(a)   Company's Corporate Governance Plan states that the Board is required to review, manage and disclose the policy (if any) on whether participants are permitted to enter into transactions (whether through the use of derivatives or otherwise) which limit the economic risk of participating in the scheme. The Board must review and approve any equity based plans.

(b)   A copy of the Company's Corporate Governance Plan is available on the Company's website.

 

           

 

QCA CORPORATE GOVERNANCE REPORT

 

The following sets out the Company's Corporate Governance Report in accordance with the AIM Rules for Companies, a copy of which is also available from the Company's website at:

 

https://www.europeanmet.com/wp-content/uploads/2018/09/Corporate-Governance-Website-Disclosure-EMH-Sept-2018-Final.pdf

 

INTRODUCTION

 

In April 2018, the Quoted Companies Alliance (QCA) published an updated version of its Code which provides UK small and mid-sized companies such as European Metals Limited with a corporate governance framework that is appropriate for a Company of our size and nature. The Board considers the principles and recommendations contained in the QCA Code are appropriate and have therefore chosen to apply the QCA Code.

 

The updated 2018 QCA Code has 10 principles that should be applied.  Each principle is listed below together with an explanation of how the Company applies or otherwise departs from each of the principles.

 

PRINCIPLE ONE

Business Model and Strategy

 

The Company is a minerals exploration and development company and has a clear and definitive vision of the Company's purpose, business model and strategy, being to develop the Cinovec lithium-tin project. The Company is currently preparing a definitive feasibility study.

 

European Metals owns 100% of the Cinovec lithium-tin project in the Czech Republic, through its wholly owned subsidiary Geomet s.r.o.. Cinovec is an historic mine incorporating a significant undeveloped lithium-tin resource with by-product potential including tungsten, rubidium, scandium, niobium and tantalum and potash. Cinovec hosts a globally significant hard rock lithium deposit with a total Indicated Mineral Resource of 348Mt @ 0.45% Li20 and 0.04% Sn and an Inferred Mineral Resource of 309Mt @ 0.39 Li20 and 0.04% Sn containing a combined 7.0 million tonnes Lithium Carbonate Equivalent and 263kt of tin.

 

An initial Probable Ore Reserve of 34.5Mt @ 0.65% Li20 and 0.09% Sn has been declared to cover the first 20 years mining at an output of 20,800tpa of lithium carbonate. This makes Cinovec the largest lithium deposit in Europe, the fourth largest non-brine deposit in the world and a globally significant tin resource.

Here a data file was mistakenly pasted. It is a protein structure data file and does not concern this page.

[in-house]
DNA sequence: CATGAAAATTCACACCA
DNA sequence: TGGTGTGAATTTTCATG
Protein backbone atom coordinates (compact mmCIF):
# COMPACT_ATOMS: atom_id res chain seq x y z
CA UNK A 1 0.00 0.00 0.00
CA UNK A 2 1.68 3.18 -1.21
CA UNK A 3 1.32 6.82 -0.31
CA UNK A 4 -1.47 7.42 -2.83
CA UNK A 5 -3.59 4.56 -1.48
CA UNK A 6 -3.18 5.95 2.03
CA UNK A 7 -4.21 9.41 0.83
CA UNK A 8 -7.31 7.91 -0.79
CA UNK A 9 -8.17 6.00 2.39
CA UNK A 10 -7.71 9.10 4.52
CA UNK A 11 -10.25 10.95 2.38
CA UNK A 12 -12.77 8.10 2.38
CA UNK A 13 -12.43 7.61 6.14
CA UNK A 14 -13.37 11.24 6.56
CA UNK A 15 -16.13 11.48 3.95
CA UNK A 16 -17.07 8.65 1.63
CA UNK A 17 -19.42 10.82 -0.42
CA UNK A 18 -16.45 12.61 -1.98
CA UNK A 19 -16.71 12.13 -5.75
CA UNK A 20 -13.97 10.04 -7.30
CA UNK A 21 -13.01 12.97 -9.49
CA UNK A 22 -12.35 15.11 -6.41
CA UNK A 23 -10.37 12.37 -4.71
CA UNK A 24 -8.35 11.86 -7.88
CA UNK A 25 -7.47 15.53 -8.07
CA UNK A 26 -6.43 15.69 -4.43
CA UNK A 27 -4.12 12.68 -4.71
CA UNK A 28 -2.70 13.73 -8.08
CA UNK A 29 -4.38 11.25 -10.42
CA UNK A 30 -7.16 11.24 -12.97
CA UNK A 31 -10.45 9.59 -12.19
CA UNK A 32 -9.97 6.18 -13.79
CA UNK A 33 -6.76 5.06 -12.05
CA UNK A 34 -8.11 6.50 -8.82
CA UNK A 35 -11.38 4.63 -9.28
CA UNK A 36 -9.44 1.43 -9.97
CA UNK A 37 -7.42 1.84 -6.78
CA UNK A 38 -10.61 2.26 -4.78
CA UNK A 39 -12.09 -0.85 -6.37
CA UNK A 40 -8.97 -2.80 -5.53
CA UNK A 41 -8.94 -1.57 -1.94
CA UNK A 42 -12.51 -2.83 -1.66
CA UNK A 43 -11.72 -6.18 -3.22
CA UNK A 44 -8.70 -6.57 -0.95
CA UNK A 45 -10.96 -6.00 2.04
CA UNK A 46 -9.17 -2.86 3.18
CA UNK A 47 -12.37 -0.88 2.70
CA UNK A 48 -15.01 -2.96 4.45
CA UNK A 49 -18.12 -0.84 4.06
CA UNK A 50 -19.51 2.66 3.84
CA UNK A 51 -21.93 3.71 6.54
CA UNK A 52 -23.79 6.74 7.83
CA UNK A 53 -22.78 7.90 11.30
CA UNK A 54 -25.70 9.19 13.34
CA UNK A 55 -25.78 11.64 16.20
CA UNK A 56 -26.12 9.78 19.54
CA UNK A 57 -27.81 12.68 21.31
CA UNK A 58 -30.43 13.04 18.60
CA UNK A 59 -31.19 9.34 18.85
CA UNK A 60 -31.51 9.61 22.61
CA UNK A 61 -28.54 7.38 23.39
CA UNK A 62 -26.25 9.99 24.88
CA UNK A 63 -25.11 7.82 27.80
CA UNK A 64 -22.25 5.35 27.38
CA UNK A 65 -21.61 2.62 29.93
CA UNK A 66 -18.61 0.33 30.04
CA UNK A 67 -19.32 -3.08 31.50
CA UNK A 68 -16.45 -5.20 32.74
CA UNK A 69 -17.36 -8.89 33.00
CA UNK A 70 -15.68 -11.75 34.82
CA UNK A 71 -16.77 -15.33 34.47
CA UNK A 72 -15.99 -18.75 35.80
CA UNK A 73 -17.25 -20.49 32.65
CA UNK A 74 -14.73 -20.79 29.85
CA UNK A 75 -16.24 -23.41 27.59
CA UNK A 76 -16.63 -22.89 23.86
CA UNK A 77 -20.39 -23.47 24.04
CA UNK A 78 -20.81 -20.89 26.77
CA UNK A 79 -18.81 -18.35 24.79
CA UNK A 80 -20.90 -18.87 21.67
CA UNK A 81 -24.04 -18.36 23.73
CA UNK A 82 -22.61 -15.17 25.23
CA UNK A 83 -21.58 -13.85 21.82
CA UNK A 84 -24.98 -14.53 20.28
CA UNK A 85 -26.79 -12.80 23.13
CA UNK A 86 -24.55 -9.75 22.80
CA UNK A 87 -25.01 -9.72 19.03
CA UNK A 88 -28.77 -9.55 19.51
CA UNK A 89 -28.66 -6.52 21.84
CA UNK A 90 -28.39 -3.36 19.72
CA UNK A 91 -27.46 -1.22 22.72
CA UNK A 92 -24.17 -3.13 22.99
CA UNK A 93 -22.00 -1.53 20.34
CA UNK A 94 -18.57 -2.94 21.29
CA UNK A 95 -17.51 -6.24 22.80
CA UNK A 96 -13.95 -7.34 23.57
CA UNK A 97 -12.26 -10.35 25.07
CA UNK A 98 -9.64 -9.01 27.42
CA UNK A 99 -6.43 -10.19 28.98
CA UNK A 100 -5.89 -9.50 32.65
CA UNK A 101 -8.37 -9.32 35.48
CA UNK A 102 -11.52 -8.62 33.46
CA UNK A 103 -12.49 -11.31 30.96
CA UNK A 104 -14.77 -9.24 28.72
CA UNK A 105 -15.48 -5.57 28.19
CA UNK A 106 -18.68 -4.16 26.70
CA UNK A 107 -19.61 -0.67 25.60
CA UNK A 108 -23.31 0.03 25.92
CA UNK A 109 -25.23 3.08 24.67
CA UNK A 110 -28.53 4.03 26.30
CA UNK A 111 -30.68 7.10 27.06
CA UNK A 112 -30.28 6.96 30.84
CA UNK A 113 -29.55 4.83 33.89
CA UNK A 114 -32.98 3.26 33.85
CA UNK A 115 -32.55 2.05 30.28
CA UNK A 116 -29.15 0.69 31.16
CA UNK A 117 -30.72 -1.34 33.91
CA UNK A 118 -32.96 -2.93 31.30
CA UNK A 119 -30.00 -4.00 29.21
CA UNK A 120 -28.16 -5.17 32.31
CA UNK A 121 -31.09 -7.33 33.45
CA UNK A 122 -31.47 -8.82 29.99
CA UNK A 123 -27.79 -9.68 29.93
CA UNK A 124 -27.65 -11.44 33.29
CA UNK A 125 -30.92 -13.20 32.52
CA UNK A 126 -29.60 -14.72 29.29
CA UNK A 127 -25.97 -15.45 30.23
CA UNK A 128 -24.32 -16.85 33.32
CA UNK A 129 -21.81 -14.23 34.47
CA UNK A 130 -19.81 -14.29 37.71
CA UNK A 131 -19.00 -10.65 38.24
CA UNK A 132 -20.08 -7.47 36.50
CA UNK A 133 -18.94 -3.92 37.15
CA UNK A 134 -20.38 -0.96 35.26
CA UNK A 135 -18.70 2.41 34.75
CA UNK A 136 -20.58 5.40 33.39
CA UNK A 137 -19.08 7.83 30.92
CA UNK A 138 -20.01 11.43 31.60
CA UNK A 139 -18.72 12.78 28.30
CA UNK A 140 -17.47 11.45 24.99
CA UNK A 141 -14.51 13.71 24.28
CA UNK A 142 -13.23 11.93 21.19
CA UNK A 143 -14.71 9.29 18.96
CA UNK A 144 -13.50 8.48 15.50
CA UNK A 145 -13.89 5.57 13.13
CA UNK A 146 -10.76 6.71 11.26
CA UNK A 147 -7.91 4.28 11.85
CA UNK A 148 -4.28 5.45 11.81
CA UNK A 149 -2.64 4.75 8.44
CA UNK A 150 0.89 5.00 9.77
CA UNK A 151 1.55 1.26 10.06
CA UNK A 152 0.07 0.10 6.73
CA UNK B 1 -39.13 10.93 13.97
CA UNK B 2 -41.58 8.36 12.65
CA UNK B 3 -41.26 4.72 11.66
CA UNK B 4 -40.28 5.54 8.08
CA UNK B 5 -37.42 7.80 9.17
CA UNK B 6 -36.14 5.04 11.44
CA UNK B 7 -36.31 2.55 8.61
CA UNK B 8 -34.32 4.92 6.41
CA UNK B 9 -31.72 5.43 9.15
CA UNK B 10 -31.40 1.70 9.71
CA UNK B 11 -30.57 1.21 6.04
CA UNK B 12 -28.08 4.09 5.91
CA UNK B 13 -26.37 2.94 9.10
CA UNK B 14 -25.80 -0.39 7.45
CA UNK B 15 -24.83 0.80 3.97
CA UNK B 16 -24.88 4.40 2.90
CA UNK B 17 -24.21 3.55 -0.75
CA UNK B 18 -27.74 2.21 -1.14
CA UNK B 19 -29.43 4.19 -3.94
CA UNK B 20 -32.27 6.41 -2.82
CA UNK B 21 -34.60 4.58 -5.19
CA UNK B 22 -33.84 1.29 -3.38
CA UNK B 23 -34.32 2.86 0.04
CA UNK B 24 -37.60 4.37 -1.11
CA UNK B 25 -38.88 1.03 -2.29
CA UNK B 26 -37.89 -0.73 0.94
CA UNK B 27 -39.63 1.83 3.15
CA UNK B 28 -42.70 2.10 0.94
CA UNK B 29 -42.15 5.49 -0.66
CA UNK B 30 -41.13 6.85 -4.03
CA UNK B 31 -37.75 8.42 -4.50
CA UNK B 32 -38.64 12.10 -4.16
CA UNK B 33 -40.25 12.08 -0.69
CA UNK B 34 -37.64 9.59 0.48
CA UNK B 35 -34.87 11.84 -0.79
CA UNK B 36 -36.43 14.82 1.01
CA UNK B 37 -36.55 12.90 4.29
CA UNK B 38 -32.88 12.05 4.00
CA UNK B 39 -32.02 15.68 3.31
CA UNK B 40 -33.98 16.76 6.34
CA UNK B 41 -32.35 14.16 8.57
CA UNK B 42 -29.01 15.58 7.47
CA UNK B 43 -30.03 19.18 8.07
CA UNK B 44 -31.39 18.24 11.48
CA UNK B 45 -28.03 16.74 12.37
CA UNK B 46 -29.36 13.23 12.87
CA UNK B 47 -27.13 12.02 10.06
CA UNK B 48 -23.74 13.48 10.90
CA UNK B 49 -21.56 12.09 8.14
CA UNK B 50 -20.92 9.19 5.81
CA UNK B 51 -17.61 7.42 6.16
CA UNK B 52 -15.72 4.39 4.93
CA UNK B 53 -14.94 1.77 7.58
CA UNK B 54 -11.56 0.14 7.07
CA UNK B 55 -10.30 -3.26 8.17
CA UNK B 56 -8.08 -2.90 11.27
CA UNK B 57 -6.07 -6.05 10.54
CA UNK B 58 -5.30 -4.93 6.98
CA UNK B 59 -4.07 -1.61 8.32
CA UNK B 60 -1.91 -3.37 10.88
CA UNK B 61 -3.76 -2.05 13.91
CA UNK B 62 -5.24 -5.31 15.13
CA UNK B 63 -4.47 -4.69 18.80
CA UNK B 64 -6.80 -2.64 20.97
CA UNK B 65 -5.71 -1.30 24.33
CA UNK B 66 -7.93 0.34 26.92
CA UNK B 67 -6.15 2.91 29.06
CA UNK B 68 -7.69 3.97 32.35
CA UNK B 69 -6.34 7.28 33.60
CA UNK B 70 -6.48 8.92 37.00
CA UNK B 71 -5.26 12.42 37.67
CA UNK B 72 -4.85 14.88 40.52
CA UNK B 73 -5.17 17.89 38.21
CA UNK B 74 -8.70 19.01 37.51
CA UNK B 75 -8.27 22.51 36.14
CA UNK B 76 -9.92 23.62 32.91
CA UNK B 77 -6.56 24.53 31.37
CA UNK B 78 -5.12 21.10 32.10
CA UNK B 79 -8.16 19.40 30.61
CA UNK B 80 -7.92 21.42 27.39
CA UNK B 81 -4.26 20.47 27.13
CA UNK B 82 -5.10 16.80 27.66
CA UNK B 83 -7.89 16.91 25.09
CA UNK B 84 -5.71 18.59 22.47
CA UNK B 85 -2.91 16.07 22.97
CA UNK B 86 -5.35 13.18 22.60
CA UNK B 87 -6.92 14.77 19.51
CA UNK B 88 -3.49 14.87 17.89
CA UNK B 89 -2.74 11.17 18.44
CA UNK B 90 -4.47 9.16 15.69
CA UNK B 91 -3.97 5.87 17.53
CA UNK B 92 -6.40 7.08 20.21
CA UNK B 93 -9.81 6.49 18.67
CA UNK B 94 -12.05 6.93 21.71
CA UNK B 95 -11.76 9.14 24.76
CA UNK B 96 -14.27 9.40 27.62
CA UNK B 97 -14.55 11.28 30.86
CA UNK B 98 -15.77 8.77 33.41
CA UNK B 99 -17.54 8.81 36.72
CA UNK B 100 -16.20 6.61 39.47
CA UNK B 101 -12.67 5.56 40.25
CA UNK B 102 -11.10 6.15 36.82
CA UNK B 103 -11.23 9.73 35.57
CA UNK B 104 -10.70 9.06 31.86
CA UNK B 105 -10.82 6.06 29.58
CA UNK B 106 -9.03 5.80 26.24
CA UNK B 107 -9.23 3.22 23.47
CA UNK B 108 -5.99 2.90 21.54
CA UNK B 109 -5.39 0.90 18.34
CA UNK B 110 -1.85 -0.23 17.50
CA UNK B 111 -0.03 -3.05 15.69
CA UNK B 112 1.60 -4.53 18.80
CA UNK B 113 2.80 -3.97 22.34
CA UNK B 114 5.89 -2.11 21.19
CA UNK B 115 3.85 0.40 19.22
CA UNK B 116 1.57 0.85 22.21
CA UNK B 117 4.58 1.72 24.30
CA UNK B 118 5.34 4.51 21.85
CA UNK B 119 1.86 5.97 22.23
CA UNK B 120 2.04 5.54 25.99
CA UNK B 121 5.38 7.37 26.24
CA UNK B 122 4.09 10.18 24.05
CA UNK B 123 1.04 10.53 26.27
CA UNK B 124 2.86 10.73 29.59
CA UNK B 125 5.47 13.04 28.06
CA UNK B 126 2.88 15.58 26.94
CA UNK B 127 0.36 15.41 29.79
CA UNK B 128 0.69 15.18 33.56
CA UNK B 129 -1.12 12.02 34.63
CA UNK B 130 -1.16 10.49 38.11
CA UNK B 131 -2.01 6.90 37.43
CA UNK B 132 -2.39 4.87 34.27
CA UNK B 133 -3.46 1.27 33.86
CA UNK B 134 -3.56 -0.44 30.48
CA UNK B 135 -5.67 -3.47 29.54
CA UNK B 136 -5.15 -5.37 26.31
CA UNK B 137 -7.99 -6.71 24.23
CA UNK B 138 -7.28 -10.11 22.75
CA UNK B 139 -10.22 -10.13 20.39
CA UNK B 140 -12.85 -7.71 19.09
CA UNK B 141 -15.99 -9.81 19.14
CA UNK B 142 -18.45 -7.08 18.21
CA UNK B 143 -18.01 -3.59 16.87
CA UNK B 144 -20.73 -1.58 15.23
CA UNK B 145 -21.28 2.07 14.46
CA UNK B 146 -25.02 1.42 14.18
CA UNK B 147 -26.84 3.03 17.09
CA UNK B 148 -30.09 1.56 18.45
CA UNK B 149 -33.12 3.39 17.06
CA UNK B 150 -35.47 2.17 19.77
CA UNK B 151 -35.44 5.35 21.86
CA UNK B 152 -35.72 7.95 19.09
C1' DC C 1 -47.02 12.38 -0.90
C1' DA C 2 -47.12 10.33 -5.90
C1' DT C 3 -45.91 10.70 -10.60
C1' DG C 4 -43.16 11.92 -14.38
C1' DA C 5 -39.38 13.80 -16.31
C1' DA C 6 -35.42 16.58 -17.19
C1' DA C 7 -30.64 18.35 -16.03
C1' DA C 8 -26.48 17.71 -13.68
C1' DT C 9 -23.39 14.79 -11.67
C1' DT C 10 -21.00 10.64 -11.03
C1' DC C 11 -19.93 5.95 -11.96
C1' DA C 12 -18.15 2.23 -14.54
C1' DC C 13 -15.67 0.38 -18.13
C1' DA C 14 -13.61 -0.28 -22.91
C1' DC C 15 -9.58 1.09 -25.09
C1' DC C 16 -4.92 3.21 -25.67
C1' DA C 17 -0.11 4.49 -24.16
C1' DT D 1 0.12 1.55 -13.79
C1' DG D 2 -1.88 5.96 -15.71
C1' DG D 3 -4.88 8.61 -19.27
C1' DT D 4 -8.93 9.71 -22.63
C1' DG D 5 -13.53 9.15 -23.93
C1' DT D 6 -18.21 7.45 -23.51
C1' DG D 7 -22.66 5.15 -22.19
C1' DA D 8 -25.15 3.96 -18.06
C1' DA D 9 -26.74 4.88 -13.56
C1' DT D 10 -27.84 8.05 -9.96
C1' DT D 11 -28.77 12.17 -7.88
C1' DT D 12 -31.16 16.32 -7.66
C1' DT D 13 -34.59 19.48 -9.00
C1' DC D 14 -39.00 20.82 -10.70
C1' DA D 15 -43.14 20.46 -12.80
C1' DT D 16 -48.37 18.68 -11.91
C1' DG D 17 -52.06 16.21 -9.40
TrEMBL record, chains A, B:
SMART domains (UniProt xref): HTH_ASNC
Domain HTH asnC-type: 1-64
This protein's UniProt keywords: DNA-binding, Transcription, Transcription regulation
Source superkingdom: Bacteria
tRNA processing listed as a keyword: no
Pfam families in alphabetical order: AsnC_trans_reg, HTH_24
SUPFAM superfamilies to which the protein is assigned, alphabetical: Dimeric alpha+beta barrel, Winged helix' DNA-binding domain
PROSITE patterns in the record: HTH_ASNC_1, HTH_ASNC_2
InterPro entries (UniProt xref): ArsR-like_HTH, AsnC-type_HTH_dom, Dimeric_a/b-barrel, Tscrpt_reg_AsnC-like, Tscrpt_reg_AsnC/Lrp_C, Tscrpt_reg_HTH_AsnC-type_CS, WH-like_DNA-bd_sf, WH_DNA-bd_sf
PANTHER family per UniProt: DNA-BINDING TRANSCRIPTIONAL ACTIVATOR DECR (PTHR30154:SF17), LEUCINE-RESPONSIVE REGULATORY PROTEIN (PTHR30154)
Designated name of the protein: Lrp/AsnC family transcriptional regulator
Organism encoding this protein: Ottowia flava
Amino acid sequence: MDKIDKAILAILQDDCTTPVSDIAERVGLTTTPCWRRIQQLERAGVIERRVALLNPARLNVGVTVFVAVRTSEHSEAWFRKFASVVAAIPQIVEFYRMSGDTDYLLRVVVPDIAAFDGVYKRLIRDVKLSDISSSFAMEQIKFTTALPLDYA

PRINCIPLE TWO

Understanding Shareholder Needs and Expectations

 

The Board is committed to maintaining good communication and having constructive dialogue with its shareholders.  The Company has close ongoing relationships with its private shareholders. Institutional shareholders and analysts have the opportunity to discuss issues and provide feedback at meetings with the Company. In addition, all shareholders are encouraged to attend the Company's Annual General Meeting. Investors also have access to current information on the Company though its website, www.europeanmet.com, and via Keith Coughlan, Managing Director, who is available to answer investor relations enquiries.

 

 

The Company has adopted a Shareholder Communications Strategy which aims to promote and facilitate effective two-way communication with investors. The Shareholder Communications Strategy outlines a range of ways in which information is communicated to shareholders.

The Shareholder Communications Strategy can be found in Schedule 11 of the Board Charter which is available on the Company website, www.europeanmet.com/corporate-governance.

 

PRINCIPLE THREE

Considering wider stakeholder and social responsibilities

 

The Board recognises that the long term success of the Company is reliant upon the efforts of the employees of the Company and its contractors, suppliers, regulators and other stakeholders.